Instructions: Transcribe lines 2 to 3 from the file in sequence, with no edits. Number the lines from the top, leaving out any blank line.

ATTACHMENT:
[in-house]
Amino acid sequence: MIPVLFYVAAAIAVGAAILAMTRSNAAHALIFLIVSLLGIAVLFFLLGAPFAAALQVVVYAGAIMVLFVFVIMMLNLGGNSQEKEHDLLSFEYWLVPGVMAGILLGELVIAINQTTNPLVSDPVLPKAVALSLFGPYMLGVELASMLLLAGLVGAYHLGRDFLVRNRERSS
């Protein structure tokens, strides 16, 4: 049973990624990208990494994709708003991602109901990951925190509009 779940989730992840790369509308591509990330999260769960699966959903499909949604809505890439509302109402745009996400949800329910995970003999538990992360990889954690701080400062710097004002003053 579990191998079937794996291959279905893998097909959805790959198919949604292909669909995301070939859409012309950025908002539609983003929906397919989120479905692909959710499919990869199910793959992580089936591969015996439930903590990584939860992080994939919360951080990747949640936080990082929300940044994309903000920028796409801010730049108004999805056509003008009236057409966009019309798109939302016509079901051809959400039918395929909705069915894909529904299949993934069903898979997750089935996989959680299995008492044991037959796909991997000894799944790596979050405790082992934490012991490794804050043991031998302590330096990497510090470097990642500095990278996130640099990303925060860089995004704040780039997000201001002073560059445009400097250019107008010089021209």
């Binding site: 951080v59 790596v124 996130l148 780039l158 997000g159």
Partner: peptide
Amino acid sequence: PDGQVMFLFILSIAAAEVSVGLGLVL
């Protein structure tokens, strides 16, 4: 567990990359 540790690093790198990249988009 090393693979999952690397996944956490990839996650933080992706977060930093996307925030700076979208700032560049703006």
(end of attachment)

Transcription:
Amino acid sequence: MIPVLFYVAAAIAVGAAILAMTRSNAAHALIFLIVSLLGIAVLFFLLGAPFAAALQVVVYAGAIMVLFVFVIMMLNLGGNSQEKEHDLLSFEYWLVPGVMAGILLGELVIAINQTTNPLVSDPVLPKAVALSLFGPYMLGVELASMLLLAGLVGAYHLGRDFLVRNRERSS
């Protein structure tokens, strides 16, 4: 049973990624990208990494994709708003991602109901990951925190509009 779940989730992840790369509308591509990330999260769960699966959903499909949604809505890439509302109402745009996400949800329910995970003999538990992360990889954690701080400062710097004002003053 579990191998079937794996291959279905893998097909959805790959198919949604292909669909995301070939859409012309950025908002539609983003929906397919989120479905692909959710499919990869199910793959992580089936591969015996439930903590990584939860992080994939919360951080990747949640936080990082929300940044994309903000920028796409801010730049108004999805056509003008009236057409966009019309798109939302016509079901051809959400039918395929909705069915894909529904299949993934069903898979997750089935996989959680299995008492044991037959796909991997000894799944790596979050405790082992934490012991490794804050043991031998302590330096990497510090470097990642500095990278996130640099990303925060860089995004704040780039997000201001002073560059445009400097250019107008010089021209």